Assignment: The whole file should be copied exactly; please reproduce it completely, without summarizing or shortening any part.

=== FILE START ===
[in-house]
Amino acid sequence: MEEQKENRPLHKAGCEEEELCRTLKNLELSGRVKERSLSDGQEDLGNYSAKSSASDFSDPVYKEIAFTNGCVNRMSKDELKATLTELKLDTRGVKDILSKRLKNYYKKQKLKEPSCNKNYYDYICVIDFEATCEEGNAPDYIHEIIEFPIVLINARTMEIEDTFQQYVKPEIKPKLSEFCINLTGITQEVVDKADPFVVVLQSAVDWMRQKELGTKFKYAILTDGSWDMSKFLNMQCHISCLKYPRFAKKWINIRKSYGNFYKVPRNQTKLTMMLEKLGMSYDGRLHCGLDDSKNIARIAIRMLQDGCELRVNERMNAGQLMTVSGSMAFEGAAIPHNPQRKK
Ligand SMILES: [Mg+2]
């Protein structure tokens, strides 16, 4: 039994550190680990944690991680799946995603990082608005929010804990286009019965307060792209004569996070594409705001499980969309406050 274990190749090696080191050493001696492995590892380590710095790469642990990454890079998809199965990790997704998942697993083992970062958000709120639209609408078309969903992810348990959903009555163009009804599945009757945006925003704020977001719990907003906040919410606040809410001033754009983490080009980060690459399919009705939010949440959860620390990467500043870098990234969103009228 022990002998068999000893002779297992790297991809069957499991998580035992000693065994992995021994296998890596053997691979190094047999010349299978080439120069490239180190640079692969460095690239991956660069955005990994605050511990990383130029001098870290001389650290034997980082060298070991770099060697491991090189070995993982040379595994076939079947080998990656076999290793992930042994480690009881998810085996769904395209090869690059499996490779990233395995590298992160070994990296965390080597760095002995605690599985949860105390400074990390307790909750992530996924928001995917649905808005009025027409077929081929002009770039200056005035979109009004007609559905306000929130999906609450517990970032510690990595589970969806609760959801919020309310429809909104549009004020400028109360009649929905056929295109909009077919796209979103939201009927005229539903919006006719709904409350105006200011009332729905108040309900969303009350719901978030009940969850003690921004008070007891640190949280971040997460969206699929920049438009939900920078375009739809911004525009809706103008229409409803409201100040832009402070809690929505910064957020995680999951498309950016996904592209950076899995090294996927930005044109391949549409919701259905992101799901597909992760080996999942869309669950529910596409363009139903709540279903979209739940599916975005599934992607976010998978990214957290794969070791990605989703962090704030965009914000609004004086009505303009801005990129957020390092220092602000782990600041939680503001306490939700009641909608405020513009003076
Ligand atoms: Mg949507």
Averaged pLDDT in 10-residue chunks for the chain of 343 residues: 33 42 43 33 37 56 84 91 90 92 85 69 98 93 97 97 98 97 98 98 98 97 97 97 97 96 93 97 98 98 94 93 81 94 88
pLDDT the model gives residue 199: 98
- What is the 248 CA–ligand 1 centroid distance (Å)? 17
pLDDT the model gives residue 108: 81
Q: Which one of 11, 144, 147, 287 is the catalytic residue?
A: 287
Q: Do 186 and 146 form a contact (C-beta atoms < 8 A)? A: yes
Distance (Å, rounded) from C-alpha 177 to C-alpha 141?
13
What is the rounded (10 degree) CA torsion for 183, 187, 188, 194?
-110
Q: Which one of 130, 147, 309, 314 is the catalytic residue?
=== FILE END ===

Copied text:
[in-house]
Amino acid sequence: MEEQKENRPLHKAGCEEEELCRTLKNLELSGRVKERSLSDGQEDLGNYSAKSSASDFSDPVYKEIAFTNGCVNRMSKDELKATLTELKLDTRGVKDILSKRLKNYYKKQKLKEPSCNKNYYDYICVIDFEATCEEGNAPDYIHEIIEFPIVLINARTMEIEDTFQQYVKPEIKPKLSEFCINLTGITQEVVDKADPFVVVLQSAVDWMRQKELGTKFKYAILTDGSWDMSKFLNMQCHISCLKYPRFAKKWINIRKSYGNFYKVPRNQTKLTMMLEKLGMSYDGRLHCGLDDSKNIARIAIRMLQDGCELRVNERMNAGQLMTVSGSMAFEGAAIPHNPQRKK
Ligand SMILES: [Mg+2]
């Protein structure tokens, strides 16, 4: 039994550190680990944690991680799946995603990082608005929010804990286009019965307060792209004569996070594409705001499980969309406050 274990190749090696080191050493001696492995590892380590710095790469642990990454890079998809199965990790997704998942697993083992970062958000709120639209609408078309969903992810348990959903009555163009009804599945009757945006925003704020977001719990907003906040919410606040809410001033754009983490080009980060690459399919009705939010949440959860620390990467500043870098990234969103009228 022990002998068999000893002779297992790297991809069957499991998580035992000693065994992995021994296998890596053997691979190094047999010349299978080439120069490239180190640079692969460095690239991956660069955005990994605050511990990383130029001098870290001389650290034997980082060298070991770099060697491991090189070995993982040379595994076939079947080998990656076999290793992930042994480690009881998810085996769904395209090869690059499996490779990233395995590298992160070994990296965390080597760095002995605690599985949860105390400074990390307790909750992530996924928001995917649905808005009025027409077929081929002009770039200056005035979109009004007609559905306000929130999906609450517990970032510690990595589970969806609760959801919020309310429809909104549009004020400028109360009649929905056929295109909009077919796209979103939201009927005229539903919006006719709904409350105006200011009332729905108040309900969303009350719901978030009940969850003690921004008070007891640190949280971040997460969206699929920049438009939900920078375009739809911004525009809706103008229409409803409201100040832009402070809690929505910064957020995680999951498309950016996904592209950076899995090294996927930005044109391949549409919701259905992101799901597909992760080996999942869309669950529910596409363009139903709540279903979209739940599916975005599934992607976010998978990214957290794969070791990605989703962090704030965009914000609004004086009505303009801005990129957020390092220092602000782990600041939680503001306490939700009641909608405020513009003076
Ligand atoms: Mg949507």
Averaged pLDDT in 10-residue chunks for the chain of 343 residues: 33 42 43 33 37 56 84 91 90 92 85 69 98 93 97 97 98 97 98 98 98 97 97 97 97 96 93 97 98 98 94 93 81 94 88
pLDDT the model gives residue 199: 98
- What is the 248 CA–ligand 1 centroid distance (Å)? 17
pLDDT the model gives residue 108: 81
Q: Which one of 11, 144, 147, 287 is the catalytic residue?
A: 287
Q: Do 186 and 146 form a contact (C-beta atoms < 8 A)? A: yes
Distance (Å, rounded) from C-alpha 177 to C-alpha 141?
13
What is the rounded (10 degree) CA torsion for 183, 187, 188, 194?
-110
Q: Which one of 130, 147, 309, 314 is the catalytic residue?